And here it may be observed in passing that scarcely one of the poet's associates knew anything of the charms of domestic life. Swift succeeded in making two women hopelessly miserable, and himself also; Steele loved his " dearest Prue" as much as she would let him, but the lady's exactions and the husband's failings forbade all harmony; Gay, one of Pope's best friends, was a bachelor; so also were Spence, Thomson, and the most illustrious of his poetical successors, Thomas Gray; Addison married for position, and had his reward; Lady Mary married without affection, and had hers also,


to wit, separation from her husband and two and twenty years of banishment from England; Wycherley lived a dissolute life, and married to ease his conscience when life was despaired of; Bolingbroke was an utter profligate, and destroyed the happiness of a good wife by his unblushing licentiousness; but Warburton, who owed to Pope his wife and his bishopric, appears to have been happy in both possessions.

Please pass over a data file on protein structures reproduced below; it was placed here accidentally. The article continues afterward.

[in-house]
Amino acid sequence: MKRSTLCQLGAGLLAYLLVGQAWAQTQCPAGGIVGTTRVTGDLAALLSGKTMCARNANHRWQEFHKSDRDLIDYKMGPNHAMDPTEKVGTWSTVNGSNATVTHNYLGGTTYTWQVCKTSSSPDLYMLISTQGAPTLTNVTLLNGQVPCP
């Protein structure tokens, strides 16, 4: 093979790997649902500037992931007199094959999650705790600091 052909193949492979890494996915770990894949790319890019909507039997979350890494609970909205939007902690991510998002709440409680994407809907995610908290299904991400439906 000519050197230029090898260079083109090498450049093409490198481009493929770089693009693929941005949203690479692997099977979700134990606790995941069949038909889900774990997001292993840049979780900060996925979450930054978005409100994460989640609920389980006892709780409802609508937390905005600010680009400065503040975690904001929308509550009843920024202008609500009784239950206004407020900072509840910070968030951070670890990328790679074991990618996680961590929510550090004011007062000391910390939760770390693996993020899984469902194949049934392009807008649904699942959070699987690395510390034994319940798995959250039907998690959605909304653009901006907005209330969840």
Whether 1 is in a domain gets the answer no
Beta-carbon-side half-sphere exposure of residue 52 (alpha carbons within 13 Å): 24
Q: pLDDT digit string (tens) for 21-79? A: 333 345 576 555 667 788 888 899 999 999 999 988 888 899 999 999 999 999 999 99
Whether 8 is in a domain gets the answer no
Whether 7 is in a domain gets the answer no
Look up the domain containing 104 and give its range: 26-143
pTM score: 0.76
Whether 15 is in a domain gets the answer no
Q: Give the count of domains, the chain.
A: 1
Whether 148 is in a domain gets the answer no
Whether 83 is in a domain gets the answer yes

It would be curious to collect some of the contradictory opinions with regard to Pope, asserted frequently as if they bore the authority of facts. He has been called the most modest and laborious of all our poets, and he has been called the most lazy. The Quarterly gives him credit for an intense eagerness after knowledge; Mr. De Quincey dwells upon his luxurious indolence, and intimates that reading so desultory as his cannot be called study; Mrs. Oliphant, again, considers and she is quite safe in making the observation that we cannot tell whether he would have made a greater poet if he had tossed his books aside, renounced his " unintermitting study," and lived more under the eye of nature. That he did study at Binfield, as Milton studied at Horton, is, we think, evident from the prescription of Dr. Radcliffe, that the young man was to study less, and ride on horseback every day. His time, says Dr. Johnson, was wholly spent in reading and writing, and he observes that he improved the benefits of nature by incessant and unwearied diligence. Again he adds in a genuine bit of Johnsonese: